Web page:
To the Editor:
Seth Barhorst makes some good points on capital punishment, but it will fail as a deterrent until we cut the time between sentencing and execution. This can only be done by changing the rules.
First and foremost, no one should be convicted on circumstantial evidence, or the word of an informant, or other person who may have something to gain by lying. DNA can be planted, eye witnesses unreliable, and prosecutors are more interested in their conviction rate than truth or justice. Proof must be absolute to convict and then, the death sentence carried out within 30 days of conviction. And yes, if it were my loved one, I would want the process dragged out until he or she died of natural causes!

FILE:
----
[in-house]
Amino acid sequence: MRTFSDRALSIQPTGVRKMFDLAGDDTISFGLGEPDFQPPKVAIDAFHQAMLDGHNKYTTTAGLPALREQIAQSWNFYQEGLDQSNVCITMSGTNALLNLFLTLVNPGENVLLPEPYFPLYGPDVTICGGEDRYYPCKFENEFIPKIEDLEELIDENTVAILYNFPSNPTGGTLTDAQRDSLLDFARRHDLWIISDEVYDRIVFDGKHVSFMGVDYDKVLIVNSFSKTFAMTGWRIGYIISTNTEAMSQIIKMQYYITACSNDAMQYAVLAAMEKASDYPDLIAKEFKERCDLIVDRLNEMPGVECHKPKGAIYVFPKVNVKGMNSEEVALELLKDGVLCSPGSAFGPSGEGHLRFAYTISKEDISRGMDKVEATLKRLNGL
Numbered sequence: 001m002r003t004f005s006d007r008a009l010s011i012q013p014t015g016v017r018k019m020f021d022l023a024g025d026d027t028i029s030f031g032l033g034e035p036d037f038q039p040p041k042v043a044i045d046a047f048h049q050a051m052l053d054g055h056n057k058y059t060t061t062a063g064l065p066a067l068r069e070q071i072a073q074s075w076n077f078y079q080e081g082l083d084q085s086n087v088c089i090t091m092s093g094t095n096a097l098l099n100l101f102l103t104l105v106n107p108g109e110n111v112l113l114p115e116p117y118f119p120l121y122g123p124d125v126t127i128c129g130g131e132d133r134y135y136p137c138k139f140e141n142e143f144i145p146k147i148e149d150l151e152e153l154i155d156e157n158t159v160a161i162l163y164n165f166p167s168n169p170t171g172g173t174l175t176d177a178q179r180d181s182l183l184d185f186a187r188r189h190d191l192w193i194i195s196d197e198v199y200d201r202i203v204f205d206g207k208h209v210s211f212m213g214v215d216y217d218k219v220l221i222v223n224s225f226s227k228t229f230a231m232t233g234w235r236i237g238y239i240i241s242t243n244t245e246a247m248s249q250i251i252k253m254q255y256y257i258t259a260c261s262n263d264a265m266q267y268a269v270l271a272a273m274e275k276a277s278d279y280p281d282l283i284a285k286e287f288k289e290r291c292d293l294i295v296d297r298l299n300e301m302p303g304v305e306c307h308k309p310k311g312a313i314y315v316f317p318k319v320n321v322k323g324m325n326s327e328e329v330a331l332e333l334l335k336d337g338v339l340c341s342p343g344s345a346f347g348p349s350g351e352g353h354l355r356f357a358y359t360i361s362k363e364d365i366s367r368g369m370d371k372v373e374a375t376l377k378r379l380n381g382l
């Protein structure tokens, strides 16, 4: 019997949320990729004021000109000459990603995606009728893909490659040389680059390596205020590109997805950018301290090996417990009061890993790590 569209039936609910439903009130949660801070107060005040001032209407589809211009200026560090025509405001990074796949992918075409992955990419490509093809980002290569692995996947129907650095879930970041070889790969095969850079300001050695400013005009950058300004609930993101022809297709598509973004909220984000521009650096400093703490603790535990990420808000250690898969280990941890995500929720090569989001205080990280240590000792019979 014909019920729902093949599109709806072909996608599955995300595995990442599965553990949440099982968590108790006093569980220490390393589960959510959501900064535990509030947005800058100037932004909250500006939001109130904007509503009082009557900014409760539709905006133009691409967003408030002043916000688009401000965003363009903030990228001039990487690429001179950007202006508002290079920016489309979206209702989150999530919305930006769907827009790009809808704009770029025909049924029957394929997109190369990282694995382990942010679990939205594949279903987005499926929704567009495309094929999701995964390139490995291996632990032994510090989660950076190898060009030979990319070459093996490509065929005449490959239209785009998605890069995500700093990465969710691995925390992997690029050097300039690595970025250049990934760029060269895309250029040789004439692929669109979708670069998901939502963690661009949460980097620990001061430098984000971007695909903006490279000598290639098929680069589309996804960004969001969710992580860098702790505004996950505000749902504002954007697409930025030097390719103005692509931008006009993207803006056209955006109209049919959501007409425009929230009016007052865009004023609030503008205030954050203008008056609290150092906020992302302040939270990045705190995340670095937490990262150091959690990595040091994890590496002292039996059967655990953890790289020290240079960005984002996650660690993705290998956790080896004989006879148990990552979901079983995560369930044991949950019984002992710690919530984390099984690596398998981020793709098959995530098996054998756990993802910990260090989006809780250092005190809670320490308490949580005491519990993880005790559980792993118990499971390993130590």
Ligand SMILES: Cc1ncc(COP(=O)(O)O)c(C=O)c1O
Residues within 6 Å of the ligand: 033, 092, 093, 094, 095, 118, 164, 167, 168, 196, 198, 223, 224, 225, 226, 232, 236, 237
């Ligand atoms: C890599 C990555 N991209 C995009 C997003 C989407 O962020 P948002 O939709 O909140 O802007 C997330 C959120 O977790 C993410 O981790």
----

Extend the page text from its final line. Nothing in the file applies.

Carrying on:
The point is that it doesn’t matter who the murderer is, how hard a life they had, how insane they are, or were at the time, or what their race, religion, or national origin is. The only things that should be taken into consideration are: Did they do it? How likely are they to do it again? Can they be returned safely to society?
The only logical, moral reason to kill anyone is to protect society in general. Someone who kills a child molester, rapist, or to prevent a violent crime should not even be put on trial. In short, make it quick, sure, and certain, if public safety is your concern.
— Tom Fenner